Here’s a short video I edited together celebrating binocular views of our Moon. All footage was shot using a simple tripod mounted binocular setup and captured via mobile phone (so pretty low resolution). I especially love observing the Moon emerging from layers of clouds – something we’re in no short supply of here in Scotland.I hope you enjoy it. Music kindly provided by Rising Galaxy at Cosmicleaf Records
After blazing in the NW after sunset during the depths of lockdown, Venus has now completed its passage in front of the Sun (from our perspective) and now slowly emerging as a morning apparition.
At the moment you’ll need to rise very early to catch it due to very bright skies – binoculars or a telescope might be needed.
The morning of the 19th June is particularly special as both Venus and the wafer thin crescent Moon will sit very close to each other. In fact, later the same morning the Moon will occult (hide) Venus for around an hour.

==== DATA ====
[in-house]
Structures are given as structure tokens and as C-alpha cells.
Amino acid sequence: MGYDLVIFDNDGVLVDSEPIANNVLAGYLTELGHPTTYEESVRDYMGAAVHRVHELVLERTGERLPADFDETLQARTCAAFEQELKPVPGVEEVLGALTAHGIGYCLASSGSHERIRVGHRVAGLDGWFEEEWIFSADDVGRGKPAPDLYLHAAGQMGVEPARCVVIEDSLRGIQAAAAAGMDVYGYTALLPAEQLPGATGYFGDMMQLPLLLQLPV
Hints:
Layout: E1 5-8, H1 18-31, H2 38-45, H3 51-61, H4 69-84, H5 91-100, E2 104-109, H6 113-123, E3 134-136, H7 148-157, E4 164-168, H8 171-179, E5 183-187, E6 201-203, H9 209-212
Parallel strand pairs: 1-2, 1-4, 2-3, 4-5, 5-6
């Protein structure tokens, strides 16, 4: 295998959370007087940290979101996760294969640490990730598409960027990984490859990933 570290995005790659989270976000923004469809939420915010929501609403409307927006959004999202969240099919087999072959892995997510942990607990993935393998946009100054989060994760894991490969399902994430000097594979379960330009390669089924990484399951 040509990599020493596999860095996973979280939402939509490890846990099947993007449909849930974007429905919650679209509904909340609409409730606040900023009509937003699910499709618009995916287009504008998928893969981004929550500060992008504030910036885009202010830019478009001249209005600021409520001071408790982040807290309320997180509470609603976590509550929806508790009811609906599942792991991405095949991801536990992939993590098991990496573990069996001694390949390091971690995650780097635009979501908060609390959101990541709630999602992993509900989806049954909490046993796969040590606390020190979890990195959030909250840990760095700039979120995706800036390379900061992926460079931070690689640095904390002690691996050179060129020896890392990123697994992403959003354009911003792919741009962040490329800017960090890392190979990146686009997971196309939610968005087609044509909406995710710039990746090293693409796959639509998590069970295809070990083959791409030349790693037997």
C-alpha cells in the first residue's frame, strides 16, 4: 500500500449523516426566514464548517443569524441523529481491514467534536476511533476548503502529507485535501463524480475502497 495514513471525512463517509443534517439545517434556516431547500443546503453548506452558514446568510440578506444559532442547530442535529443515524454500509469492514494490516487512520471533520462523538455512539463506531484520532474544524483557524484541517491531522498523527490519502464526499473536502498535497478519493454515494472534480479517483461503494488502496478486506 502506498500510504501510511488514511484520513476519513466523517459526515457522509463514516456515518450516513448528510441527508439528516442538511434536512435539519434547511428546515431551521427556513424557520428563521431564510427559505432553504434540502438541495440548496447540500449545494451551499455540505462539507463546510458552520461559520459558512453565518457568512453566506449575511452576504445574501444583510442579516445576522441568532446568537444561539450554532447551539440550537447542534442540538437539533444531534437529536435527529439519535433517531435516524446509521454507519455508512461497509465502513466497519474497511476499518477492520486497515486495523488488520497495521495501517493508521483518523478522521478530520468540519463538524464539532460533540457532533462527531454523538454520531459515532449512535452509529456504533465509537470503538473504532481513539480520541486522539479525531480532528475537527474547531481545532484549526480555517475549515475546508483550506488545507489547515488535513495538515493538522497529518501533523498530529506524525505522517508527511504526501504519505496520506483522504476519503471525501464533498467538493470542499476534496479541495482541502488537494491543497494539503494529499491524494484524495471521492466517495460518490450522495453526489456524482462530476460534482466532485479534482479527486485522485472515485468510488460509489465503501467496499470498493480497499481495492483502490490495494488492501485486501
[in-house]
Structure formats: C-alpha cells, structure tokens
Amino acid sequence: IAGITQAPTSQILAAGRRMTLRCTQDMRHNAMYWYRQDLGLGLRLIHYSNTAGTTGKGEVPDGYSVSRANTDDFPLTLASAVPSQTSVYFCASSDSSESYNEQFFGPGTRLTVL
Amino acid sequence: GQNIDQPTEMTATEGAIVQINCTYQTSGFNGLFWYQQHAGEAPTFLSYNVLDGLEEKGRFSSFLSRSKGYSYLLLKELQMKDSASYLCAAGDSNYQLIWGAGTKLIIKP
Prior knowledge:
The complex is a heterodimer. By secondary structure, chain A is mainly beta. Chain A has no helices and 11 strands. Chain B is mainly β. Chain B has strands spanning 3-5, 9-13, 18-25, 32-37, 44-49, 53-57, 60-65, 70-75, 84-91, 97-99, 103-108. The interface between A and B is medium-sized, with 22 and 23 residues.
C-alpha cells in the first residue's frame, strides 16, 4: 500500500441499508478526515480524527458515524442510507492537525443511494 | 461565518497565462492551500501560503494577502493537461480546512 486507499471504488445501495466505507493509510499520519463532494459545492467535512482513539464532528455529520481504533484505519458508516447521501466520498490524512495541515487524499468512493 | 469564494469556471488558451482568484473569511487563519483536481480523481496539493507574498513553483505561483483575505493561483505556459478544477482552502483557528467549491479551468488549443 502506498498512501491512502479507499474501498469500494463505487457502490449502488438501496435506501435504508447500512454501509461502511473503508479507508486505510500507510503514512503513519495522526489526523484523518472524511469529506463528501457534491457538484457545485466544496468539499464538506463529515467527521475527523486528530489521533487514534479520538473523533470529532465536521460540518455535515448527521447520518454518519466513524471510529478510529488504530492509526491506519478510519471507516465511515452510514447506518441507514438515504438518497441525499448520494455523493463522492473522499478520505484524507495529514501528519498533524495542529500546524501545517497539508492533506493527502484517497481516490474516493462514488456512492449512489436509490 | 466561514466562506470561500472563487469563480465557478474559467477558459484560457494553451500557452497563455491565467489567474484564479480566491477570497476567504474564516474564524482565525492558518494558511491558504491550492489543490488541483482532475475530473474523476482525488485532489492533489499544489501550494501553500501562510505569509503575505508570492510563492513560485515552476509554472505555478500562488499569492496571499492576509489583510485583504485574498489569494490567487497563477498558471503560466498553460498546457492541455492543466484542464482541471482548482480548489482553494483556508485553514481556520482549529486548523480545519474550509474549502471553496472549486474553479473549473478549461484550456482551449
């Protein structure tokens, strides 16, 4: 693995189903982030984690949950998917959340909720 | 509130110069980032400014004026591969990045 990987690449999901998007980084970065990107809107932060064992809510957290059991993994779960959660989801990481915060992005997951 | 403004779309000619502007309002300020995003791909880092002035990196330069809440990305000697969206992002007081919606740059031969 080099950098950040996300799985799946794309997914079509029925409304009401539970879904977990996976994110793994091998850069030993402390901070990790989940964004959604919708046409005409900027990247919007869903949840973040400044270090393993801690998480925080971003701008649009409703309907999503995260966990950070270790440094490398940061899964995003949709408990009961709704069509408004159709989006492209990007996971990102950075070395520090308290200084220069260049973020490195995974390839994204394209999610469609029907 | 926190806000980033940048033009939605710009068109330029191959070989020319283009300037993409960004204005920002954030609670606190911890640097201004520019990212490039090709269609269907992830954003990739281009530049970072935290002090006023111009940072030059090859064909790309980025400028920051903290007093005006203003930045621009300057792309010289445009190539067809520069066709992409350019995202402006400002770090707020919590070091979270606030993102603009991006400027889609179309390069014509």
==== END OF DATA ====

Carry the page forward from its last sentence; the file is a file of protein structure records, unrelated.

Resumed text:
We had a fantastic evening learning about and observing the Moon up at Abriachan forest tonight with special guest Professor Martin Hendry from Glasgow University.
Many thanks to Martin for joining us again and sharing his fantastic knowledge of cutting-edge research and active space missions. In addition to his talk on past and future Moon missions we also got a bonus dose of gravitational wave theory and cosmology thrown in for good measure.
After Martin’s talk I took everyone outside for an open air Moon talk and observing session, with the 99.8% full lunar disc shining brightly above us towards the south east. Complimenting handheld binocular views we setup a telescope and two larger tripod mounted 100mm binoculars for closeups views
We ended up having a lively discussion and Q&A about the Moon’s history, geology and cultural connections. Clouds eventually rolled in for 9pm signalling home time and the end of a stimulating gathering.